Persuasive Preaching As someone who is not a pastor, I typically do not read books devoted to the subject of homiletics or preaching. With that said, a book on the subject matter of persuasive preaching seemed like something of interest, if anything to see what I might glean as useful information regarding the presentation of material in general. Furthermore, the art of persuasion is something all believers should hone in on, especially in regards to how we share the message of the gospel with others. R. Larry Overstreet, in his book Persuasive Preaching: A Biblical and Practical Guide to the Effective Use of Persuasion, addresses this very issue in a scholarly textbook oriented yet highly useful approach.

This is not your ordinary run of the mill book that lists ten ways to convince someone of the truth of the gospel or something you can stick in your back pocket as some sort of Cliff Notes on effective preaching. Conversely, Overstreet provides the reader with a comprehensive look at what persuasive preaching is all about, rooting his discussion in biblical truth while providing practical yet scholarly based examples.

I was highly impressed at the academic and scholarly nature of this book. For instance, Overstreet devotes a section of his book to the methodology of structuring a persuasive message. He addresses issues such as motivated sequence, presenting a problem and the solution, noting cause and effect, and refutation. As one who often enters the fray of debates on social media, I found the chapter on the process of refutation to be quite engaging. Overstreet rightly notes “Although the refutation approach is widely used in our everyday lives, we may not pause to consider carefully what it is.” This method of conversation is rooted in the need to identify the incorrect presuppositions and statements of an opposing position, responding to them with “evidence and argumentation.” This means the response should not be flippant or pithy commentary with no biblical support to back up our response. This is a truly important tactic to utilize, especially when it comes to preaching, especially in a day and age when so many hurl insults at Scripture, questioning what God has stated as truth in His Word. It is important for the preacher to understand refutation and to include this method in their preaching repertoire.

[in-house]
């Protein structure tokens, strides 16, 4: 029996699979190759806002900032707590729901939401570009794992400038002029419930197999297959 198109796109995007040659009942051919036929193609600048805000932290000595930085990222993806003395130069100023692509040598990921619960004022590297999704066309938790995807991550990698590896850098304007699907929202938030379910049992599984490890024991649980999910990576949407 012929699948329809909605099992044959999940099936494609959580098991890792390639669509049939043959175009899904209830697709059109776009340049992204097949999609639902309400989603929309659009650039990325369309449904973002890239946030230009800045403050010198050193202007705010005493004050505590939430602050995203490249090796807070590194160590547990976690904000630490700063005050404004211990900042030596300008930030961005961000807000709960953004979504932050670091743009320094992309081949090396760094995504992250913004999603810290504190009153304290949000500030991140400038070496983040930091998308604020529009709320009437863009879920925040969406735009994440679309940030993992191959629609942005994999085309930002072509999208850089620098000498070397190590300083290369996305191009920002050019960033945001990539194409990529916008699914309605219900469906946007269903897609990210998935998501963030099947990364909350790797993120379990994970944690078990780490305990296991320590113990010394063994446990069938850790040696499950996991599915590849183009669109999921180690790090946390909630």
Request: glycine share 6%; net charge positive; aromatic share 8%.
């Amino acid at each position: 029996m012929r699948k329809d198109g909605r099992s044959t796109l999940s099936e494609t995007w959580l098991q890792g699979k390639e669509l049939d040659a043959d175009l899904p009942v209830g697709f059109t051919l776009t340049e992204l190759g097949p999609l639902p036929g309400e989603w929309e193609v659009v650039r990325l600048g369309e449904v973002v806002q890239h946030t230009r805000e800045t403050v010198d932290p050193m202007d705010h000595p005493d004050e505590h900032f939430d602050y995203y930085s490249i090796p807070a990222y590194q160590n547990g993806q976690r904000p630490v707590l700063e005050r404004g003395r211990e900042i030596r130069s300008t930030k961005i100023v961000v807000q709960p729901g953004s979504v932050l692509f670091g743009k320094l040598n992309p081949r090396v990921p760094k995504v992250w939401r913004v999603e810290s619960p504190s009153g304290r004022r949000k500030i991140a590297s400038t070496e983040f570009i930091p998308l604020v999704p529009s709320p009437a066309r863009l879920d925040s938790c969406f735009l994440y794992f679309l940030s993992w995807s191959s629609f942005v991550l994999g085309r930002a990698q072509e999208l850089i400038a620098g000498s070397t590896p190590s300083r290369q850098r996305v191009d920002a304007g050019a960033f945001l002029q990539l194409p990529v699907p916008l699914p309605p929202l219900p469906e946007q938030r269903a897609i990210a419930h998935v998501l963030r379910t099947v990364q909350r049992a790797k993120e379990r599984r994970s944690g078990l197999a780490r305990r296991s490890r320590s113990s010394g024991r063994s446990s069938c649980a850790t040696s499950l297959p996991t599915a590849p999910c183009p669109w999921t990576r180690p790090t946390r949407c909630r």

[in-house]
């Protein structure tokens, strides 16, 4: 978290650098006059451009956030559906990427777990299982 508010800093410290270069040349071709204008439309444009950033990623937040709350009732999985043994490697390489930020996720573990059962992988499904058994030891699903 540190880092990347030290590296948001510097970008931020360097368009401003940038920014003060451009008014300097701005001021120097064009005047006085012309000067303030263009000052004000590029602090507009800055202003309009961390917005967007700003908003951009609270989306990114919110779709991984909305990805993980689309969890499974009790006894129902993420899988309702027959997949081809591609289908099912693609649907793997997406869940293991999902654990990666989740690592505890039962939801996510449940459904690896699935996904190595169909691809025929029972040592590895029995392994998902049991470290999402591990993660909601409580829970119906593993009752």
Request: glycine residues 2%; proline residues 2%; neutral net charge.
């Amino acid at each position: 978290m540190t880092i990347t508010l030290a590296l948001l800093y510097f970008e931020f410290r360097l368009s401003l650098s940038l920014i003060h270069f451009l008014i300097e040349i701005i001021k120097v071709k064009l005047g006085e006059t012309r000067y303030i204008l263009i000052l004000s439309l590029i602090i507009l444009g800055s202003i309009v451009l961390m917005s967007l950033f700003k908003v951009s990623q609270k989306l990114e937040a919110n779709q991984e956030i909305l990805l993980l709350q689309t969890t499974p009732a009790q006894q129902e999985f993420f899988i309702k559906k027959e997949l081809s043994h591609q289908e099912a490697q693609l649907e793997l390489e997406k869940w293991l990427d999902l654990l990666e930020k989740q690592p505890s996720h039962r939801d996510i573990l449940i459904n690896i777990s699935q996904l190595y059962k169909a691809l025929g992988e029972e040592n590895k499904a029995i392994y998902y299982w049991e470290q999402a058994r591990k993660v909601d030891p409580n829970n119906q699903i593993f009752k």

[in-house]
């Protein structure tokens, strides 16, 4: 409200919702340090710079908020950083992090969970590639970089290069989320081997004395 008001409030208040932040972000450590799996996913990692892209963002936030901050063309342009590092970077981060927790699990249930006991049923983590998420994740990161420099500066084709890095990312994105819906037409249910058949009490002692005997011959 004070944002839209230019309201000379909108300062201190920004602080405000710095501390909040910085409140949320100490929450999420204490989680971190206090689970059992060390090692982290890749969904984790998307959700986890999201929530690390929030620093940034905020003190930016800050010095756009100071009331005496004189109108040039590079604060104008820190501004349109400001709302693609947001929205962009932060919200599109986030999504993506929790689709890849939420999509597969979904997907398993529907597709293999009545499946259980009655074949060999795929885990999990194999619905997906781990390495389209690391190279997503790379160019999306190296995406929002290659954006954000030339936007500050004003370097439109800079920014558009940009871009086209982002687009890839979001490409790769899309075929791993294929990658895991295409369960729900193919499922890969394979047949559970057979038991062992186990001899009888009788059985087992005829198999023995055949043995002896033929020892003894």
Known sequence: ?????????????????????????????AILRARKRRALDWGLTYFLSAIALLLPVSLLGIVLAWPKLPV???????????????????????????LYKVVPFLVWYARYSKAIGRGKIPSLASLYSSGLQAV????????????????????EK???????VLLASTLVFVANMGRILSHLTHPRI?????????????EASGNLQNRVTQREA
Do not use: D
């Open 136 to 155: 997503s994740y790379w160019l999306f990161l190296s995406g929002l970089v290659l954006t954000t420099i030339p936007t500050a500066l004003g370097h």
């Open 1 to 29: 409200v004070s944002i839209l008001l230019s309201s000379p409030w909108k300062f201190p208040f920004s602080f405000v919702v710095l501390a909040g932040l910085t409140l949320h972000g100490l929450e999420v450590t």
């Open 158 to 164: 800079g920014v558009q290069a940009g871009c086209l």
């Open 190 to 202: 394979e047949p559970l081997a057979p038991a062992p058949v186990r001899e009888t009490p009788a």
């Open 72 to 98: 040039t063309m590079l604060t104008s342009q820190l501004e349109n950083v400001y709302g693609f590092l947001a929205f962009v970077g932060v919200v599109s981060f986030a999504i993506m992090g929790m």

Perhaps the most important chapter in this excellent book is on the Holy Spirit and preaching. One can create the most masterful of sermons with perfect presentation skills, sentence structure, and all the latest methods of argumentation. Without the Holy Spirit leading the charge, the message will fall flat on its proverbial face. Overstreet saliently comments, “The ministry of the Holy Spirit is essential since only He can turn our “speaking” into true preaching which will have a persuasive spiritual impact.” After all, it is the Holy Spirit that does the wooing of the lost and writes the word of God on the hearts of the believer. Overstreet correctly reminds the reader that “In order for people to understand the person, character, essence, and attributes of God, and His plan for our salvation, God must reveal it.” This means that while proper planning, the utilization of effective techniques and sound biblical preaching are important, but ultimately it is the Holy Spirit that makes for persuasive preaching.

I highly recommend Persuasive Preaching for R. Larry Overstreet. It is academically minded yet accessible and replete with sound teaching on how to deliver a powerful sermon. Furthermore, in the midst of all the academic discussion and scholarly notations, Overstreet constantly roots his approach in the foundation of the work of the Holy Spirit. This is a must read for preachers and I also recommend it for the parishioner as well as the techniques and guidance provided by Overstreet are useful for any believer engaged in discussions about matters of biblical importance.

This book is available for purchase from Weaver Book Company by clicking here.

I received this book for free from Weaver Book Company via Cross Focused Reviews for this review. I was not required to write a positive review. The opinions I have expressed are my own. I am disclosing this in accordance with the Federal Trade Commission’s 16 CFR, Part 255 : “Guides Concerning the Use of Endorsements and Testimonials in Advertising.”